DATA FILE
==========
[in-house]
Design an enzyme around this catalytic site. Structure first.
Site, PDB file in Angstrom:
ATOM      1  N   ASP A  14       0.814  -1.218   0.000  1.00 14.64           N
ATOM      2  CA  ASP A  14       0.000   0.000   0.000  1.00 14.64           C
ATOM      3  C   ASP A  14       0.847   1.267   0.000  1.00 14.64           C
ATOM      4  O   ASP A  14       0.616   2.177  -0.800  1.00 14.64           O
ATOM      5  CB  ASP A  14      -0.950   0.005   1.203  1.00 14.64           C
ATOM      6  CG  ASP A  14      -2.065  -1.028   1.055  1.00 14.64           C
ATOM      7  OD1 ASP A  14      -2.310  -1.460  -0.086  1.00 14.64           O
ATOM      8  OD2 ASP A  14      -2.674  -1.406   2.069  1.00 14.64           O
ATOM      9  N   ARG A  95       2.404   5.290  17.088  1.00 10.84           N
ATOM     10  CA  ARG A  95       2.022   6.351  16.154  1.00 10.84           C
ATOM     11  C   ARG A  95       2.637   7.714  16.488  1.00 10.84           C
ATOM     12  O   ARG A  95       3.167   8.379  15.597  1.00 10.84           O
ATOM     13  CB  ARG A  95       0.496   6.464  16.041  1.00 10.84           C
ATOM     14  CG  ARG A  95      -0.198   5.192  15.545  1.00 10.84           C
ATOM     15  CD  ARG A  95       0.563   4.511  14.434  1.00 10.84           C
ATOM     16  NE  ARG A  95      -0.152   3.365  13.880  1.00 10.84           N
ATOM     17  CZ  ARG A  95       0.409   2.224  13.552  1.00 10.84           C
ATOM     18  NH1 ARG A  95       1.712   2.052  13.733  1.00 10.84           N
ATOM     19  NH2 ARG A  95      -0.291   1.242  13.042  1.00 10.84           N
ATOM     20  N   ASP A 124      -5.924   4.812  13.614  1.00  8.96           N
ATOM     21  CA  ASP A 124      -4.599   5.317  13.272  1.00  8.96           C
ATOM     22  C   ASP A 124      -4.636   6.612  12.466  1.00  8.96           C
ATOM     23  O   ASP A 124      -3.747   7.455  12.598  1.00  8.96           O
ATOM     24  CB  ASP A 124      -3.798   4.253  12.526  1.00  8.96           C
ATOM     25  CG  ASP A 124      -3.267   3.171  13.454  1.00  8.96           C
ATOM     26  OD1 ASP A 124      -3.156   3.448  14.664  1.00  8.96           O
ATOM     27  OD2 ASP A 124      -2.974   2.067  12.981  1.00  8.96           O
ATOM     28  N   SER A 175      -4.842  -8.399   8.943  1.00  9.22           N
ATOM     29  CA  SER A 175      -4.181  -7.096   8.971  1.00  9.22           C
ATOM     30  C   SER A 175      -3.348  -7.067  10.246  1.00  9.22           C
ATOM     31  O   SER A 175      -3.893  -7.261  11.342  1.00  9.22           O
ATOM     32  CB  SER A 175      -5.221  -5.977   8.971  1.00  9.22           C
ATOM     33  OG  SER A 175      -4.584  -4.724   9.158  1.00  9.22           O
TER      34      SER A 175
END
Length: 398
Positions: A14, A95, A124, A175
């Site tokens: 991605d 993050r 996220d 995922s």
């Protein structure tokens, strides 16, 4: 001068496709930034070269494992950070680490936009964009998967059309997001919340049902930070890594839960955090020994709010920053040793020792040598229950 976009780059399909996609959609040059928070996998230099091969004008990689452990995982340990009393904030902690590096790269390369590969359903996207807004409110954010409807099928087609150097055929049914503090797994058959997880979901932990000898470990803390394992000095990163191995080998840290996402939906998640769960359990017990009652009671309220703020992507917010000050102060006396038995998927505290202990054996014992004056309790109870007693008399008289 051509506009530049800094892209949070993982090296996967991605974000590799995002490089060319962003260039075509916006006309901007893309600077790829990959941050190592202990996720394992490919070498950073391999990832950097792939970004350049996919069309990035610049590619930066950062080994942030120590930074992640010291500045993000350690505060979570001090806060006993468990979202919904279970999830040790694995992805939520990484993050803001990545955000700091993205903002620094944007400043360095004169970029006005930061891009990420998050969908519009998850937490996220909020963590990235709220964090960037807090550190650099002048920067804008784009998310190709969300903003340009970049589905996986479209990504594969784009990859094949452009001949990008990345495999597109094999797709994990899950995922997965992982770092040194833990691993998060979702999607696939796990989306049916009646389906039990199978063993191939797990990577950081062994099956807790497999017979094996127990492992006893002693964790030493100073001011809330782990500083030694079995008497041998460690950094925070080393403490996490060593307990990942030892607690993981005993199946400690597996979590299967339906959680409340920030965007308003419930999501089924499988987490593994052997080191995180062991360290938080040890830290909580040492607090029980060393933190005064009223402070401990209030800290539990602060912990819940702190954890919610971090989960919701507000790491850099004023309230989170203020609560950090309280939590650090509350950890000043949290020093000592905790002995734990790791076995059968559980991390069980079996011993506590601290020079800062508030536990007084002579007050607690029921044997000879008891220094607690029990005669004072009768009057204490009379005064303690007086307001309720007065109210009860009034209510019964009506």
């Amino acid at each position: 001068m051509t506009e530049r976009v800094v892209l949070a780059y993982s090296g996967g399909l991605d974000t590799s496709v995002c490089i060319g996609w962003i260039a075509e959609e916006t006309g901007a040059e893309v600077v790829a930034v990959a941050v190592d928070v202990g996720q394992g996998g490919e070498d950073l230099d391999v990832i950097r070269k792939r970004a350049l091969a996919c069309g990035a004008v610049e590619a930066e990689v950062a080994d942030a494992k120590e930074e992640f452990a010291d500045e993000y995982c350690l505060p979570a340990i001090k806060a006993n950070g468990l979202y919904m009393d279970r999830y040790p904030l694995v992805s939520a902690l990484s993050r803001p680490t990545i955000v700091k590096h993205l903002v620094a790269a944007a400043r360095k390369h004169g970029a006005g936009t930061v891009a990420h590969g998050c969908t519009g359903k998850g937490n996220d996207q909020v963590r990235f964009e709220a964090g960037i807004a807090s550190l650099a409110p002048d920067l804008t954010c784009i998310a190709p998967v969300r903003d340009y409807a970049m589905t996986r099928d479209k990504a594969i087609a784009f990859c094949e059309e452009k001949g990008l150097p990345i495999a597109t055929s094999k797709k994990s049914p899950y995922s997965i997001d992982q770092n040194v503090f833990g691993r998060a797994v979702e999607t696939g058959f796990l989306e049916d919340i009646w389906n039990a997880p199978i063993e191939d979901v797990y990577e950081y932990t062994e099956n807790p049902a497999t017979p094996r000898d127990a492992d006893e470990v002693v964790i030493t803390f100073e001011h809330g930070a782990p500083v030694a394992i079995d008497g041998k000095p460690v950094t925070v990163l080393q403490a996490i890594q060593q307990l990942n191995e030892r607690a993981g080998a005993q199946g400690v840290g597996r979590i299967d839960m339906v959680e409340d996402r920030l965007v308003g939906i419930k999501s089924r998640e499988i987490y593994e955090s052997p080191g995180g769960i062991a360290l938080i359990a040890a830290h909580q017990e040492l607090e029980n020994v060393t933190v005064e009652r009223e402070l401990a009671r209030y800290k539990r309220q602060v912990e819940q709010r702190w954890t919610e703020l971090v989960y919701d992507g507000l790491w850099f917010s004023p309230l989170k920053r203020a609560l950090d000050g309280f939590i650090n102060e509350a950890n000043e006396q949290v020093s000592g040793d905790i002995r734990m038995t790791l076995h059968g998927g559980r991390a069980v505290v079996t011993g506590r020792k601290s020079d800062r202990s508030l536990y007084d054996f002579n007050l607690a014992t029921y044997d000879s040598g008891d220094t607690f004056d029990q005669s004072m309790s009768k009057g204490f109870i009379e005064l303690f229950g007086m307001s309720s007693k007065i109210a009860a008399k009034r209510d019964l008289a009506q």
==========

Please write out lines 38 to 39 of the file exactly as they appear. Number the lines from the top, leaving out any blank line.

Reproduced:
END
Length: 398